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Publication numberUS2940078 A
Publication typeGrant
Publication dateJun 7, 1960
Filing dateJul 25, 1957
Priority dateAug 7, 1956
Publication numberUS 2940078 A, US 2940078A, US-A-2940078, US2940078 A, US2940078A
InventorsHubert Bodmer Maximiliaan, Staaden Cornelis Augustinus Va
Original AssigneeHollandse Signaalapparaten Bv
Export CitationBiBTeX, EndNote, RefMan
External Links: USPTO, USPTO Assignment, Espacenet
Directive aerial
US 2940078 A
Abstract  available in
Previous page
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Claims  available in
Description  (OCR text may contain errors)

M. H. BODMER ETAL 2,940,078

DIRECTIVE AERIAL June 7, 1960 Filed July 25, 1957 3 Sheets-Sheet 1 'ay www rroHA/Ers June "7', v,1960 M. H. BoDMr-:R ErAL 2,940,078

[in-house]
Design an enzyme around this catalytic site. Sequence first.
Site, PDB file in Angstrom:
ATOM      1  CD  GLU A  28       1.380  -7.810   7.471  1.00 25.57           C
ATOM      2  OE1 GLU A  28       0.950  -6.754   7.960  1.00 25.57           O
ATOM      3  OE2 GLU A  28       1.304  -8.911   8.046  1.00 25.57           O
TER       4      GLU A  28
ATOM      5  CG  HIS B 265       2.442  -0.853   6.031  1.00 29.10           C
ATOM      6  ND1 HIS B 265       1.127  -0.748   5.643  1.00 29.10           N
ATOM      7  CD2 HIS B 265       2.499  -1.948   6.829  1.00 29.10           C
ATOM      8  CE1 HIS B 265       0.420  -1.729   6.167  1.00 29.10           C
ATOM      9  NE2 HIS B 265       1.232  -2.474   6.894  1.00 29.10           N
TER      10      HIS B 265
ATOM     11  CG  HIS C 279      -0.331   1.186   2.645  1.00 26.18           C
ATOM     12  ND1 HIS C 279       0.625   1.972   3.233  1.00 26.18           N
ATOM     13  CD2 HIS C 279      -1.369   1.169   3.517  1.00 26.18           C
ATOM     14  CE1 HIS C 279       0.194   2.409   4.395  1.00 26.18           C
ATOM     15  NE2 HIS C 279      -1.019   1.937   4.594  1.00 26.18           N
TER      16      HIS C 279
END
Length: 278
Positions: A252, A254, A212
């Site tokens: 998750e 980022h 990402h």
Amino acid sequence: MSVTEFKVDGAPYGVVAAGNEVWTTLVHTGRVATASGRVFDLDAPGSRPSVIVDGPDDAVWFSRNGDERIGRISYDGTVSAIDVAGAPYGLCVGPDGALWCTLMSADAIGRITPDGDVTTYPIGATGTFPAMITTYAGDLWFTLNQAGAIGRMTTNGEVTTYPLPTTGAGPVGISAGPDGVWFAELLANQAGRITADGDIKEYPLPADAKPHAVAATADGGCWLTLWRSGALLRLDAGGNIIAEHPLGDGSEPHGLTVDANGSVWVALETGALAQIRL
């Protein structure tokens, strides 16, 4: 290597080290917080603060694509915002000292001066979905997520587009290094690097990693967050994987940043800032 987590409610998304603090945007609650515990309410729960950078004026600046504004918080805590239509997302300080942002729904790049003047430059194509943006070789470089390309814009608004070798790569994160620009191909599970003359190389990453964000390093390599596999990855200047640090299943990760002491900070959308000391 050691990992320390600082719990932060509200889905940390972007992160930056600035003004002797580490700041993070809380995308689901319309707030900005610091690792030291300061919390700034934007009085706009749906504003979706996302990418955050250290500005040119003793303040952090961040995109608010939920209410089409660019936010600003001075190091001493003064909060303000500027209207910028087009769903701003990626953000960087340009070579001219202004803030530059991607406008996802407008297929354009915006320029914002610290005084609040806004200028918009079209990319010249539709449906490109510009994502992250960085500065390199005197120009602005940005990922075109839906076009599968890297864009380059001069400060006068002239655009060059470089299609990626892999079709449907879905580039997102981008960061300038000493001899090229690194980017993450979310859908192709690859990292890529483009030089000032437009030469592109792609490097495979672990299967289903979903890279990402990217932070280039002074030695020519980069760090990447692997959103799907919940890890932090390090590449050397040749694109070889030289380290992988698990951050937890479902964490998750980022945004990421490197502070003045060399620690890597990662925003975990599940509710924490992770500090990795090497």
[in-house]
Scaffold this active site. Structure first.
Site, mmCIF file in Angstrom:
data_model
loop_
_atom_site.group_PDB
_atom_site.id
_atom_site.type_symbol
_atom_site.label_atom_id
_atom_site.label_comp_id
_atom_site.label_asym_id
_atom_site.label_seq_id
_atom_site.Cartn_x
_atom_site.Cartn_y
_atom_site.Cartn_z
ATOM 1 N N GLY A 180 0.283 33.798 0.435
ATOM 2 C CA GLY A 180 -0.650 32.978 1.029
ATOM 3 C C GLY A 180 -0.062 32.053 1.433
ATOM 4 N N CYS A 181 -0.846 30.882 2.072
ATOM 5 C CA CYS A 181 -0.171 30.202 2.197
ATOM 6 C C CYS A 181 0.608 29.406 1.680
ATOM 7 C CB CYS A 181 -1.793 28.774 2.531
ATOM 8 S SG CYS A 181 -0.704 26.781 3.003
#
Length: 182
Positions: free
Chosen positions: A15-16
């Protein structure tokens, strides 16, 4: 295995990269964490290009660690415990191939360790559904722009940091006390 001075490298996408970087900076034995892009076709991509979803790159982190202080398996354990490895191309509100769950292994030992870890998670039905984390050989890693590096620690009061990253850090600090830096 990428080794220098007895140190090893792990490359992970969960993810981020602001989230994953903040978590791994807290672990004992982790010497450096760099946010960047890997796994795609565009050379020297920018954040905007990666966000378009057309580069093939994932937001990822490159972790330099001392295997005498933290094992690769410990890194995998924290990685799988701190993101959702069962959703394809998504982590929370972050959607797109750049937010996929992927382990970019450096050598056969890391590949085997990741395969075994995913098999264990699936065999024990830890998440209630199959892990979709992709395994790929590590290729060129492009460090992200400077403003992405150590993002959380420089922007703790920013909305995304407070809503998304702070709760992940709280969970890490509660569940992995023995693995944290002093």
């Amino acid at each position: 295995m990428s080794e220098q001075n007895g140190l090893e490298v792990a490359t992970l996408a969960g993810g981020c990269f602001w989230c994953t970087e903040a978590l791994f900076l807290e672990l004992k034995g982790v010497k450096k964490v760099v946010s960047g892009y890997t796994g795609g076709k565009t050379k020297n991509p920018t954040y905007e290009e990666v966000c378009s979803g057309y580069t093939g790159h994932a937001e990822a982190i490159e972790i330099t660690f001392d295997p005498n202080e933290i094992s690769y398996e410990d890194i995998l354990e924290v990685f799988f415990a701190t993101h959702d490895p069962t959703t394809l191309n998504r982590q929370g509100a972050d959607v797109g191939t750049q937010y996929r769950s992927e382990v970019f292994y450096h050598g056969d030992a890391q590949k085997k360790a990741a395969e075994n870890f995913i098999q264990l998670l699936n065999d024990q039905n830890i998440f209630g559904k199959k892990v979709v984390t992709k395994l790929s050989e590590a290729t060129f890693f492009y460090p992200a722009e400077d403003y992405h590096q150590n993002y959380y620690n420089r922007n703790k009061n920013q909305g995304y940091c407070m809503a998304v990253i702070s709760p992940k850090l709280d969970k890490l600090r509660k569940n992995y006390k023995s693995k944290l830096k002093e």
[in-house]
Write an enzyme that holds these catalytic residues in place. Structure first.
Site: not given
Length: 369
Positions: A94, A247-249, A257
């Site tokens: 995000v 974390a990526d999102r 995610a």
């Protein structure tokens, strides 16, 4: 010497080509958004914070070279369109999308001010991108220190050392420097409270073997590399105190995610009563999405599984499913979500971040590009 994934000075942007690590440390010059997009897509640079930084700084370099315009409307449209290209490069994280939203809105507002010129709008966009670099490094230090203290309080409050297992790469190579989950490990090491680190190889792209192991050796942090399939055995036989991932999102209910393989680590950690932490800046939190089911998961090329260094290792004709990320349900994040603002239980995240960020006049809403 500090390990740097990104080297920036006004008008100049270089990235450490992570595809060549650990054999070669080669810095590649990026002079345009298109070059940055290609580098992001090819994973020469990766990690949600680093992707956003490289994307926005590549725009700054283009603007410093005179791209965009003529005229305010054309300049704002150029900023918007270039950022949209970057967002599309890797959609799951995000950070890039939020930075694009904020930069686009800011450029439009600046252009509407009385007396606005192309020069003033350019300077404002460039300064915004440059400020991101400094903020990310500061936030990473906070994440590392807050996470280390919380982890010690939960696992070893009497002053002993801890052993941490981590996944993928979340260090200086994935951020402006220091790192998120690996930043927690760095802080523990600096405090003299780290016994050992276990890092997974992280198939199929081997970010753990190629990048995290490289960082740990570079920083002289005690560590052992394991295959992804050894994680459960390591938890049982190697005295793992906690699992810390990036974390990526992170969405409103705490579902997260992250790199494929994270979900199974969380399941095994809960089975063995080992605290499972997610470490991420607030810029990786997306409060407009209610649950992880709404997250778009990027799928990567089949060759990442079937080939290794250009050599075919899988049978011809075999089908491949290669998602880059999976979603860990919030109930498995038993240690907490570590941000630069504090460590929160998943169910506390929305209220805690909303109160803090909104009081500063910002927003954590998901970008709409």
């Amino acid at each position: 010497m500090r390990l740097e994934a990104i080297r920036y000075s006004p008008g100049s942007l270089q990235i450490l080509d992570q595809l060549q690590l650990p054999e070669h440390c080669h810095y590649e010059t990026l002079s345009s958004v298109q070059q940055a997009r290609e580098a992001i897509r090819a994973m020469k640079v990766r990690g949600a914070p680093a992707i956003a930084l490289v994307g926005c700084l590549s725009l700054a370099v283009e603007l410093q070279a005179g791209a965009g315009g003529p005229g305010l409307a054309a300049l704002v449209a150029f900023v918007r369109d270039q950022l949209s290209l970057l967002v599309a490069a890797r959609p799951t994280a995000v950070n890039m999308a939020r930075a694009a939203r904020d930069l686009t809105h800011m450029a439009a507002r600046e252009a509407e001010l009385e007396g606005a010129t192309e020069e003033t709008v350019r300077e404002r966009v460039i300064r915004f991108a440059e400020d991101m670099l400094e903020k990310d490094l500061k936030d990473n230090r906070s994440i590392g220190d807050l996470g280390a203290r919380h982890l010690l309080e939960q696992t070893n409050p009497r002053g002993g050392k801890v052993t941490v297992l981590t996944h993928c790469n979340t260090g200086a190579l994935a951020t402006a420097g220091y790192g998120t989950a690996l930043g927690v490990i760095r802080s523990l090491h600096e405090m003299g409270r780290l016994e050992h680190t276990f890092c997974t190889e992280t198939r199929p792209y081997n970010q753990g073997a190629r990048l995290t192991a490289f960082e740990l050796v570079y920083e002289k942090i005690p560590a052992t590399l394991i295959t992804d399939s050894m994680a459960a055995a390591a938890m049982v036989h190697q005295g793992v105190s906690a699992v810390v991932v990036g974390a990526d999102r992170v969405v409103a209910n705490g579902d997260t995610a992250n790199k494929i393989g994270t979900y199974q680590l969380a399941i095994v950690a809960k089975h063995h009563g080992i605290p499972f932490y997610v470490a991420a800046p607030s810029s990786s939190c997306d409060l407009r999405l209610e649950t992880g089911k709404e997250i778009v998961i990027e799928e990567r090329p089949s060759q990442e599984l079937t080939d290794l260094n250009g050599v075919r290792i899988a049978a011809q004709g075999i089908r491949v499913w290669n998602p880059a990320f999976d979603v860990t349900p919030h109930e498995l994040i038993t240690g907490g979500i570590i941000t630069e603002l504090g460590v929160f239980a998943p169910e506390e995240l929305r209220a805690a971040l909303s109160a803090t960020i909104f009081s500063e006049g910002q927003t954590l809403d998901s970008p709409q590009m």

DIRECTIVE AERIAL Filed July 25, 1957 3 Sheets-Sheet 2 L 201. Fig- 2 By HM awf/ HrramvE/s 9ill'nited States ljatent 0" DIRECTIVE AERIAL Hubert Bodmer and Cornelis Augustinus van Staaden, both of Hengelo, Netherlands, assgnors to NN. Hollandse Signaalapparaten, Hengelo, Netherl lands, a Dutch corporation Filed July 25, 1957, Ser. No. 674,094 Y Claims priority, application Great Britain Aug. 7, 1956 8 Claims. (Cl. 343-761) This invention relates to a radar aerial the beam of which is capable of performing at choice various types of scanning motions. n modern radar apparatus the exact measurement of the target coordinates is, as a rule, eifected by means of a conically scanning beam. Such a beam provides highly accurate values of the target coordinates, but is unsuitable for searching for a target. It is therefore dirable that the apparatus should also be able to produce a beam which performs a scanning motion which is more suitable for searching. In certain radar systems this is achieved by causing the completeV aerial reiiector to oscillate around an elevation axis whilst the aerial system is caused to ezect a searching motion around the training axis. In such a system the moment of inertia of the aerial reflector sets a limit to the scanning frequency during searching, and, consequently, also to the searching velocity. In other radar systems the radiator Iwhich irradiates the aerial reflector is capable of performing various types of scanning motions, causing,7 the beam to effect either a conically scanning motion or a spiral or a linear scanning motion. Such an aerial requires a complicated scanning system which limits the scanning frequency of all scanning motions, especially of the conical scanning motion. The limitation of this frequency is -in many cases unacceptable as it causes the measurement of the coordinates of targets moving at high speed to be less accurate. A radar system which meets high technical requirements is described in the British application for patent Nr. 5746/54 and possesses an aerial for linear scanning as Well as a separate aerial for conical scanning, these aerials being coupled so as to perform corresponding motions around parallel or coinciding searching axes whilst a special comparison system permits the aerial for conical scanning to be aimed around a second anis in accordance with the measuring results obtained by the aerial for linear scanning. This system permits the beam concentrating devices as well as the scanning mechanisms of the aerials to be completely adapted to the requirements of the scanning motions to be performed by the beam produced by the aerials. The system is, however, expensive, because it requires two separate systems for concentrating the beams, such as aerial reectors;